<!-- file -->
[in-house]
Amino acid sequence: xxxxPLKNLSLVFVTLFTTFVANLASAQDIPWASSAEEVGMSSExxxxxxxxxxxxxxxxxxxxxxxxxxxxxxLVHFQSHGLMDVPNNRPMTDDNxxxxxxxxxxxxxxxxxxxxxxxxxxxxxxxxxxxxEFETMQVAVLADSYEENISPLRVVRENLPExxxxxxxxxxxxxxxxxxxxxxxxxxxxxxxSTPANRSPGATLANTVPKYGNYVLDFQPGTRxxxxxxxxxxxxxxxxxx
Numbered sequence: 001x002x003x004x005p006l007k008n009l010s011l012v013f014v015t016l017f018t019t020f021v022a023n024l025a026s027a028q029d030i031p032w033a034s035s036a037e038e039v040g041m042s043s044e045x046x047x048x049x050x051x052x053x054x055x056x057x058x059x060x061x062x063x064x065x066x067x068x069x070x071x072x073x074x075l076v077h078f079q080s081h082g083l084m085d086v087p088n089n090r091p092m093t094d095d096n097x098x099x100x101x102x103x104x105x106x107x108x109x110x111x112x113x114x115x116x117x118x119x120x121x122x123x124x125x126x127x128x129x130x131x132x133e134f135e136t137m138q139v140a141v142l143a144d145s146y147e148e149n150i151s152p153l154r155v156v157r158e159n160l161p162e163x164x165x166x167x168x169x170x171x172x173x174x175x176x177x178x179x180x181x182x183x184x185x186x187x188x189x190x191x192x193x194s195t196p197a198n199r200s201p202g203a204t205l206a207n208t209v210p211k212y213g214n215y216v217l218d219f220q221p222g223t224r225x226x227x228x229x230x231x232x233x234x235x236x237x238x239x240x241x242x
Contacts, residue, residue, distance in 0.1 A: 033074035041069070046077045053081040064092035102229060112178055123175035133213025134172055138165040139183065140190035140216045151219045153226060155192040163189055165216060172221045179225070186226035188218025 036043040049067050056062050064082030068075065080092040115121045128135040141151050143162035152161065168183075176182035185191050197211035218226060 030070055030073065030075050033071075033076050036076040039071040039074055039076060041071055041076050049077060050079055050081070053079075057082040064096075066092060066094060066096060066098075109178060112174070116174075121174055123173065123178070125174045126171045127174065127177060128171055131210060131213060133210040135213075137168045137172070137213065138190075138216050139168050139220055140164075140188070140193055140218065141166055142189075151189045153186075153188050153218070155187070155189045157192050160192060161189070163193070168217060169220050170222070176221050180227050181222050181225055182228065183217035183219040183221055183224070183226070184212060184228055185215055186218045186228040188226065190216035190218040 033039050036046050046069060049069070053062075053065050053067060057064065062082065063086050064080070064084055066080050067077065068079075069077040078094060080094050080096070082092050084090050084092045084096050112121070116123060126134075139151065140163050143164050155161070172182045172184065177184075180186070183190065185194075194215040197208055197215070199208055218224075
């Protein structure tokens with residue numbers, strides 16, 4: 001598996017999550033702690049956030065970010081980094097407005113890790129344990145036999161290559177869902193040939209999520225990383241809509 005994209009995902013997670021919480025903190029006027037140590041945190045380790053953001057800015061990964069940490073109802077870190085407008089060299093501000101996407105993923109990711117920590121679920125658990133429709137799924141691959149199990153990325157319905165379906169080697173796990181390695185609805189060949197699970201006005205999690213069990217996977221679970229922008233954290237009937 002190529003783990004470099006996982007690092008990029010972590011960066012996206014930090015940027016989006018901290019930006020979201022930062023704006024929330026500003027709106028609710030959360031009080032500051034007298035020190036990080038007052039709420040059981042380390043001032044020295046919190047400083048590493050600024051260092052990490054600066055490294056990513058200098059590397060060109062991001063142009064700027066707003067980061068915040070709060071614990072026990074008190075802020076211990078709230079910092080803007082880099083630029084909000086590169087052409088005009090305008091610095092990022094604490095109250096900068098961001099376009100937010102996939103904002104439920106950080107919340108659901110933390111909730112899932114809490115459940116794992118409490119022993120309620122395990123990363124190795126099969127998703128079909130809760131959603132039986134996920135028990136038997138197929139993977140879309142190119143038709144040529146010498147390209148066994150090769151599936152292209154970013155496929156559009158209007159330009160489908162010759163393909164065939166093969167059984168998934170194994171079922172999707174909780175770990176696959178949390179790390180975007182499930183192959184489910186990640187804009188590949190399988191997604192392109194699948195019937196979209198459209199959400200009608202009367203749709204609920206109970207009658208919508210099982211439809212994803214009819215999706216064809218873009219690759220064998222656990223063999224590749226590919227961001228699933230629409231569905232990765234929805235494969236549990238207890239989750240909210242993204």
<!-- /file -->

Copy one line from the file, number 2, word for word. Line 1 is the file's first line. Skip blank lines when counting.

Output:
Amino acid sequence: xxxxPLKNLSLVFVTLFTTFVANLASAQDIPWASSAEEVGMSSExxxxxxxxxxxxxxxxxxxxxxxxxxxxxxLVHFQSHGLMDVPNNRPMTDDNxxxxxxxxxxxxxxxxxxxxxxxxxxxxxxxxxxxxEFETMQVAVLADSYEENISPLRVVRENLPExxxxxxxxxxxxxxxxxxxxxxxxxxxxxxxSTPANRSPGATLANTVPKYGNYVLDFQPGTRxxxxxxxxxxxxxxxxxx